Pension Funds Are Feeling the Pain of Commercial-Real-Estate Woes

  • Pension funds, REITs, and insurers hold more than $1.2 trillion in commercial-real-estate debt.
  • CalSTRS, a California pension fund, told the FT it will be writing down its real-estate portfolio.
  • “This is just the beginning” for funds, said Trepp’s Manus Clancy.

Investor angst over risky commercial real estate has exploded in recent weeks with the expectation that banks that hold billions of dollars in the debt are too weak to absorb any losses.

But while banks hold about half of all US commercial-real-estate debt, there are other big holders who are starting to feel the pain, especially over holdings of office properties suffering from the rise of remote or hybrid work schedules. Among them are the large pension funds, REITs, and insurance companies, together accounting for more than $1.2 trillion — or 22% — of the $5.62 trillion in total commercial-real-estate debt outstanding, according to BofA Global Research.

The holdings took on a new meaning last week after the California State Teachers Retirement System, or CalSTRs, told the Financial Times it would be writing down the value of its $52 billion in real-estate holdings because higher borrowing costs on the heels of Federal Reserve interest rate hikes have sacked property values. In the office sector alone, values ​​are likely to fall 20% just based on the rate move, Christopher Ailman, CalSTRS chief investment officer, told the FT.

“This is just an indication of what’s to come,” said Manus Clancy, a senior managing director at Trepp, a commercial-real-estate-data firm, said about the pension woes on the TreppWire podcast last week.

“This is the beginning of what will be a lot of this from the funds, from the private equity guys, from the insurance companies,” Clancy said. “There will be a lot of reductions in equity values ​​over the next couple of years, or sooner. It will be heavily tilted toward office.”

As the values ​​drop, the refinancing of some $2.5 trillion in debt over the next five years will be a tall order for landlords as they face a tightening of lending standards on top of the higher interest rates. Already, several big landlords have chosen to default, including Brookfield on $161 million in debt tied to office properties around Washington, DC, Bloomberg reported last week.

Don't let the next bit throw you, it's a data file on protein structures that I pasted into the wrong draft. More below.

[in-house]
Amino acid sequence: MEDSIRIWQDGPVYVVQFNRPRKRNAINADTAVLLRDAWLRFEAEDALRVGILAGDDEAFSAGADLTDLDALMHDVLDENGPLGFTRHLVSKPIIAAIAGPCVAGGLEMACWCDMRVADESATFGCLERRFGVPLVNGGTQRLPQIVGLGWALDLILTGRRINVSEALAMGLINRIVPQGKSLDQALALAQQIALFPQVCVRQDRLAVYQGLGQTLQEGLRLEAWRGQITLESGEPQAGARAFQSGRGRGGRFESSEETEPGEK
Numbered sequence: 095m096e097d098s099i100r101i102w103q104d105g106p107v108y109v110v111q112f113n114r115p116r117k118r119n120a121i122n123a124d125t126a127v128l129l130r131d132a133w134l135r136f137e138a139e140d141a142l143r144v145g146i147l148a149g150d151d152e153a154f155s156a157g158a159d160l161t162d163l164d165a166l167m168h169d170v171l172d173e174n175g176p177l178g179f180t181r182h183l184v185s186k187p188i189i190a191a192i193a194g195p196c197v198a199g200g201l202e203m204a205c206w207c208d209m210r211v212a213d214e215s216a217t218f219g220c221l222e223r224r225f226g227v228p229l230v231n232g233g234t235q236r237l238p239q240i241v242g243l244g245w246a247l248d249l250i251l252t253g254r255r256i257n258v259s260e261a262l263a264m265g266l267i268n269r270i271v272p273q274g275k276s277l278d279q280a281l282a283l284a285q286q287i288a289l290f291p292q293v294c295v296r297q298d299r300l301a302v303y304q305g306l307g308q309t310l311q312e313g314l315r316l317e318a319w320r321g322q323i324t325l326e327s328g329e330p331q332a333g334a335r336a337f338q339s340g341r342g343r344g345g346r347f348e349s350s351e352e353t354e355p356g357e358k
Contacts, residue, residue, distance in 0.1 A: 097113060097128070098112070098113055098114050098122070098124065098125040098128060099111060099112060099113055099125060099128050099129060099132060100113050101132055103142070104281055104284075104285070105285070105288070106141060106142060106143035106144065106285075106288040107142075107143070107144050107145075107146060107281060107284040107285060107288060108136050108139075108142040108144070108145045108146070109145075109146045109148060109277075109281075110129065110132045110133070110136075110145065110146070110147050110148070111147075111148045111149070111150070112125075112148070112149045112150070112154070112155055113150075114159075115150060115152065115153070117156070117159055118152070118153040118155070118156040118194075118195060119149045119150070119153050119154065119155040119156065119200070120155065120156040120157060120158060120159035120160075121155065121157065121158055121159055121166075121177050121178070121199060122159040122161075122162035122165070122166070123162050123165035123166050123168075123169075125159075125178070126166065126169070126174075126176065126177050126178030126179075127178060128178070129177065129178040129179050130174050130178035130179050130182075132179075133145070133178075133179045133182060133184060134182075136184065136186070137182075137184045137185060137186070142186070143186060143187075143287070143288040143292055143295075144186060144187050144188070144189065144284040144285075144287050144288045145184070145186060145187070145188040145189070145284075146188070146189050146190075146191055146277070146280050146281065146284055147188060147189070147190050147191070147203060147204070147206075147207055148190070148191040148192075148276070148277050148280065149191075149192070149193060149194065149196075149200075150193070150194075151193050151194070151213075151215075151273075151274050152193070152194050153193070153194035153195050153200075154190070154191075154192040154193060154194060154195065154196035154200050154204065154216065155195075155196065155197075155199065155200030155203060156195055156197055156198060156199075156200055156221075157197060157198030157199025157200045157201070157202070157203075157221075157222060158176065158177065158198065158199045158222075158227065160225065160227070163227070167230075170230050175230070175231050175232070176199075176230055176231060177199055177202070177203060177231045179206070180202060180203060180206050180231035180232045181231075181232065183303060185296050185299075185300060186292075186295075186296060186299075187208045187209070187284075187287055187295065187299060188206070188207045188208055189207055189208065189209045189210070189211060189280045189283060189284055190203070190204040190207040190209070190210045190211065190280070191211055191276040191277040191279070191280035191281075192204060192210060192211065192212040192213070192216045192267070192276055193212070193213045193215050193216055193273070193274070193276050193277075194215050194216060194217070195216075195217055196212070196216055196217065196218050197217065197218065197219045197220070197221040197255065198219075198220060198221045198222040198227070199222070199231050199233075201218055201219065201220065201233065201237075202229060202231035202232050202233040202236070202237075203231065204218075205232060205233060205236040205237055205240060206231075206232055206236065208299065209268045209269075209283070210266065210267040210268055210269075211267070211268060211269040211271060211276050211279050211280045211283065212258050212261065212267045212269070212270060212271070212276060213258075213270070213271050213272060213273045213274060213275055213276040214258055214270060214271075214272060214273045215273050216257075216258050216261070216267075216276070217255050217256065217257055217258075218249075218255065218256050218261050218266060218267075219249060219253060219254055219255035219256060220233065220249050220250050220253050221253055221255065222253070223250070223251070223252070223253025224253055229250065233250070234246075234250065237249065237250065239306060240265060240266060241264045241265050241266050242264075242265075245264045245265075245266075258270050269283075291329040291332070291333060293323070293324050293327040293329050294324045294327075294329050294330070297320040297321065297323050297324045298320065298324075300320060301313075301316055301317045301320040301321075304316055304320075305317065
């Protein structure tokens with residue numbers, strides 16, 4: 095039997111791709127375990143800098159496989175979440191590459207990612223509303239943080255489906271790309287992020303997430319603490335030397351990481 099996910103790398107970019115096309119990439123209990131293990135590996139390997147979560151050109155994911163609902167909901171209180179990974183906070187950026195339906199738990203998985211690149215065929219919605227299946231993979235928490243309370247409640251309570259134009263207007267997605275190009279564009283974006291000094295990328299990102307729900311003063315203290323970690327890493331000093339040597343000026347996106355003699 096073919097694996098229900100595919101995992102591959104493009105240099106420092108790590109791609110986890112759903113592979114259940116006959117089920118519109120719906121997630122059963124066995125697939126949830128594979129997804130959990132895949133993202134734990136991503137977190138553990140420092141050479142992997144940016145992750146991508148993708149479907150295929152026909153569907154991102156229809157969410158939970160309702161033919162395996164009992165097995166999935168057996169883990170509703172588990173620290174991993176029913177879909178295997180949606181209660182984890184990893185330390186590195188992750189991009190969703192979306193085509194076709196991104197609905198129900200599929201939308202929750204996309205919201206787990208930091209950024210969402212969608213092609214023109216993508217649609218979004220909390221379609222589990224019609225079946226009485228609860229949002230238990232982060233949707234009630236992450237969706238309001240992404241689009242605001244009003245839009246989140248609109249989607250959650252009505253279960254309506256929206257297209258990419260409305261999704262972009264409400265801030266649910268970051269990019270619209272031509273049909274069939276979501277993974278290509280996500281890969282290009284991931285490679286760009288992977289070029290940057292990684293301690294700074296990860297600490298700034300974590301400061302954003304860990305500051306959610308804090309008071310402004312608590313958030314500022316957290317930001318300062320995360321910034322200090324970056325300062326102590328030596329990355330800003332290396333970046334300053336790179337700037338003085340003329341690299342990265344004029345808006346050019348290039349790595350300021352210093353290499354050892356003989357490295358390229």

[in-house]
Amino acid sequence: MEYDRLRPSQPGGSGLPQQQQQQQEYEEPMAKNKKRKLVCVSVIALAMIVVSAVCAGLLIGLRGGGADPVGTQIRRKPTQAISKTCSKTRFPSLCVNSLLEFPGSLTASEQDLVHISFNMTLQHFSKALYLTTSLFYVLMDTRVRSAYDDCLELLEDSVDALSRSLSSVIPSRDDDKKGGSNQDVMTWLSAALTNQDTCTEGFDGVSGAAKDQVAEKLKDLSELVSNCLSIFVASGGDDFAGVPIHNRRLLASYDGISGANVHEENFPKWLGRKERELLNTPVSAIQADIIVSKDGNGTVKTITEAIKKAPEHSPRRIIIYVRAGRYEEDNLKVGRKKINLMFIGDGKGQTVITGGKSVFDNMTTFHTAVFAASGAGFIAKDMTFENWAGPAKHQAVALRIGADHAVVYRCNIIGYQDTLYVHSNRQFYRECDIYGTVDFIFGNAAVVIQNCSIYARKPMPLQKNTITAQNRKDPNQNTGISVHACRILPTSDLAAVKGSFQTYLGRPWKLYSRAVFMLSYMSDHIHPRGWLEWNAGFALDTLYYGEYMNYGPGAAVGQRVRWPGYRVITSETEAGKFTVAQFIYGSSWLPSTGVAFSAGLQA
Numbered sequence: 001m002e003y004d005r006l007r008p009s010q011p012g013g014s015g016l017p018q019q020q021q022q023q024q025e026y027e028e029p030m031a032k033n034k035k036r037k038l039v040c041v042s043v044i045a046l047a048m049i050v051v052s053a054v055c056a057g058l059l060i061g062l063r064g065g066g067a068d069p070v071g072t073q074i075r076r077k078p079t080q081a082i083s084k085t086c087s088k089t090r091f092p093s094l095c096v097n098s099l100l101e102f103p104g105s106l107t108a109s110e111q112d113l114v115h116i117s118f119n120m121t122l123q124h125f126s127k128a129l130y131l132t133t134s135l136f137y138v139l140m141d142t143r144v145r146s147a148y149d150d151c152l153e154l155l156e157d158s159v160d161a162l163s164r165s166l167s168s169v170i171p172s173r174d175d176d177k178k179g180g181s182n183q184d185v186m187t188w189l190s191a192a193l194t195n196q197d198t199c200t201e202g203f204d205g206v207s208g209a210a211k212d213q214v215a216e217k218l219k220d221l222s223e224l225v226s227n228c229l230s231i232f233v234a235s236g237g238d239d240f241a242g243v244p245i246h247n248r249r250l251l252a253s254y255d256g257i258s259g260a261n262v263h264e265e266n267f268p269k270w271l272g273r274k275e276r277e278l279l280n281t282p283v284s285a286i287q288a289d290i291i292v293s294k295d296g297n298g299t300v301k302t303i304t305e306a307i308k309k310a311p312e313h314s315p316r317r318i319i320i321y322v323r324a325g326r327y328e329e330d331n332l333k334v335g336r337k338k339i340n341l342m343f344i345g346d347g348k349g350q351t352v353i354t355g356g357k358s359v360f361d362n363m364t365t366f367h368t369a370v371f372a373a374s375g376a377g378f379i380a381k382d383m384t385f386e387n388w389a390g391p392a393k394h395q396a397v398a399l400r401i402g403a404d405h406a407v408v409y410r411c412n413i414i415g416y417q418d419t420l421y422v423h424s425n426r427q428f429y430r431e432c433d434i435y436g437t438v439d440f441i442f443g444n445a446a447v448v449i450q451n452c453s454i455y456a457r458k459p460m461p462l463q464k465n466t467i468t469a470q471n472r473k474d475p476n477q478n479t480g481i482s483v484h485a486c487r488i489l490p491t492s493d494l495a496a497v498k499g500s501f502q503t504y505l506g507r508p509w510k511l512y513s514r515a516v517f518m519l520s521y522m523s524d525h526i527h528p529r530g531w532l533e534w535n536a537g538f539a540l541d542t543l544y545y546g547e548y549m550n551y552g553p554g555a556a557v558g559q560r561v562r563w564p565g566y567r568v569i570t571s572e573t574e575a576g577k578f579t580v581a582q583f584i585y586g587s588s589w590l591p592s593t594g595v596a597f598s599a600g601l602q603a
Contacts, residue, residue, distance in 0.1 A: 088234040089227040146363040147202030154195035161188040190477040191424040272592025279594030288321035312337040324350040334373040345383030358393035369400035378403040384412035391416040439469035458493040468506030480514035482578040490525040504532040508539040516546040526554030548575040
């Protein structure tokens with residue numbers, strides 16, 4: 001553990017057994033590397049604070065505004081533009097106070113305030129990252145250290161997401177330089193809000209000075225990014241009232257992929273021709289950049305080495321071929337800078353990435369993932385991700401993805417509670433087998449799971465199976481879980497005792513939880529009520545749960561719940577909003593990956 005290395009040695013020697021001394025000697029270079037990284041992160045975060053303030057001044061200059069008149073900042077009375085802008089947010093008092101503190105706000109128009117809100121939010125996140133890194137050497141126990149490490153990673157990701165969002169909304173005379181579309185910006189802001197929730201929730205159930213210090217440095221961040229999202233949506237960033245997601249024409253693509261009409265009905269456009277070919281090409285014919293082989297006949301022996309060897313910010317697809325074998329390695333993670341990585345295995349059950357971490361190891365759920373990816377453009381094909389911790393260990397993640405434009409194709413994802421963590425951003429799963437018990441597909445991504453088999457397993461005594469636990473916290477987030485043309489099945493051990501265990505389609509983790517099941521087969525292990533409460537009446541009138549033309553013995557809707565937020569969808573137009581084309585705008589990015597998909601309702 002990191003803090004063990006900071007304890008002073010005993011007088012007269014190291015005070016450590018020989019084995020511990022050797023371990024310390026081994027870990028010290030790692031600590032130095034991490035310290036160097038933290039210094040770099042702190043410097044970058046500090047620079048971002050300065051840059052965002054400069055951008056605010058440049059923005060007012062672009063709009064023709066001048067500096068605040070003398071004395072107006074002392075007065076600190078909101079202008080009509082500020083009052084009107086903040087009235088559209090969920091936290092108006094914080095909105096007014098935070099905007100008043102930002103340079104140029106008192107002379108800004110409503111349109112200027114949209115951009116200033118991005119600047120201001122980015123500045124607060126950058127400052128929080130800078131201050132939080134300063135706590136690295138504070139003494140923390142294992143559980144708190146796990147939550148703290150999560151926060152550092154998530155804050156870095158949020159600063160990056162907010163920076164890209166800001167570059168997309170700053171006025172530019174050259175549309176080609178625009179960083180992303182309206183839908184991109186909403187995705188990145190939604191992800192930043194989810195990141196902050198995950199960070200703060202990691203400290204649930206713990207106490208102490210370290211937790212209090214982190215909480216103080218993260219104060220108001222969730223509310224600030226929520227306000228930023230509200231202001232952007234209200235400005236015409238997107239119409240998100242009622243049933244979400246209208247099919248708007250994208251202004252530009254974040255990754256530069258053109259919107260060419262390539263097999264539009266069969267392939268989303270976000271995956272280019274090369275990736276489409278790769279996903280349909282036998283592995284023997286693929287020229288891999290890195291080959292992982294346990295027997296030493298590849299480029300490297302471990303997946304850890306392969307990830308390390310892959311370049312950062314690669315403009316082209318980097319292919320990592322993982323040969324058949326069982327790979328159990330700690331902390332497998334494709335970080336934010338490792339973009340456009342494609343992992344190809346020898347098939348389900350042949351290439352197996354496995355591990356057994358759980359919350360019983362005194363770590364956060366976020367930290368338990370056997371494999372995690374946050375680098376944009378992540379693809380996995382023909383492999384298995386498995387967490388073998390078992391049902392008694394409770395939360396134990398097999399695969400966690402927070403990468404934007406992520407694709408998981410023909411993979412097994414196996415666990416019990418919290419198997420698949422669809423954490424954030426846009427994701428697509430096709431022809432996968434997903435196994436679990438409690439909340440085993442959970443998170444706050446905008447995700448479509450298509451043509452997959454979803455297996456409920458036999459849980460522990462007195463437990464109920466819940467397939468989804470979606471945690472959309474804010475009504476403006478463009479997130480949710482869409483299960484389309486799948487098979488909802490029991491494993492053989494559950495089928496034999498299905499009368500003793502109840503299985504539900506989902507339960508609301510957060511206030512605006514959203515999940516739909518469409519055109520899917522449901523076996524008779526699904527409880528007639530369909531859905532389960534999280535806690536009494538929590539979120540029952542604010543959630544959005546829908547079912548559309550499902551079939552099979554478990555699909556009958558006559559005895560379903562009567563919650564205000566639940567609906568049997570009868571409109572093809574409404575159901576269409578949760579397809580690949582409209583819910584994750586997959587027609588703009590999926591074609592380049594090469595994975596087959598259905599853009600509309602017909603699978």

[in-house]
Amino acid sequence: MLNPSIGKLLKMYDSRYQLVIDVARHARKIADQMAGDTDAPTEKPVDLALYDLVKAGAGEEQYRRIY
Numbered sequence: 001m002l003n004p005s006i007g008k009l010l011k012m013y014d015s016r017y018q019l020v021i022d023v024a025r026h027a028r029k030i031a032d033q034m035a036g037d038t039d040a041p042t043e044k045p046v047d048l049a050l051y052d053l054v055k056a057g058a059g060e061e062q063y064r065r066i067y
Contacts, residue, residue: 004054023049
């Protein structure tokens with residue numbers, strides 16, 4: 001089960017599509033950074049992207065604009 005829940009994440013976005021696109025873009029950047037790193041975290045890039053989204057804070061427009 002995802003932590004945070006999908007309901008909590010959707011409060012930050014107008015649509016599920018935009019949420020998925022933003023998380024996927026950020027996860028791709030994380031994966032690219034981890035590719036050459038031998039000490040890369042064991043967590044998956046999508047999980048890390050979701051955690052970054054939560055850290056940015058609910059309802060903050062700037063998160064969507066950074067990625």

“I don’t know if you’ve been in Washington, DC, anytime since COVID, but nobody goes to the office down there,” Orest Mandzy, managing editor of Trepp’s news outlet, Commercial Real Estate Direct, said on the podcast.

Some pension funds were already planning to reduce their exposure to commercial real estate, even before the recent bank failures magnified the risks.

In September, fund managers at Artemis Real Estate Partners and PGIM Real Estate said at a Bisnow conference that their investors indicated they’d be reducing allocations to real estate, just because the assets had been outperforming others. The asset allocations of their investors were “out of whack,” Cathy Marcus, PGIM’s head of US equity, said at the conference.

CalSTRS reported double-digit returns over a 10-year period, making it a top performing asset class, according to the FT.

International investors are bracing for the worst. Some 39% of the 100 investors from 14 countries surveyed for the Q1 2023 Pulse Report by AFIRE — an association for international investors focused commercial property in the US —said they planned to reduce their US holdings at least somewhat in 2023, compared with 27% that intend to increase their positions.

There is money on the sidelines, however. With the availability and pricing of debt impeding deals, 70% of the AFIRE respondents said they anticipated “meaningful distressed acquisition of opportunities as soon as the next six months.”

Private lender ACORE Capital, which sources its funds from the insurance industry, is planning on stepping in as a capital provider but at a cost to owners, Warren de Haan, co-CEO and cofounder of the $21 billion lender said on an earlier Trepp podcast .

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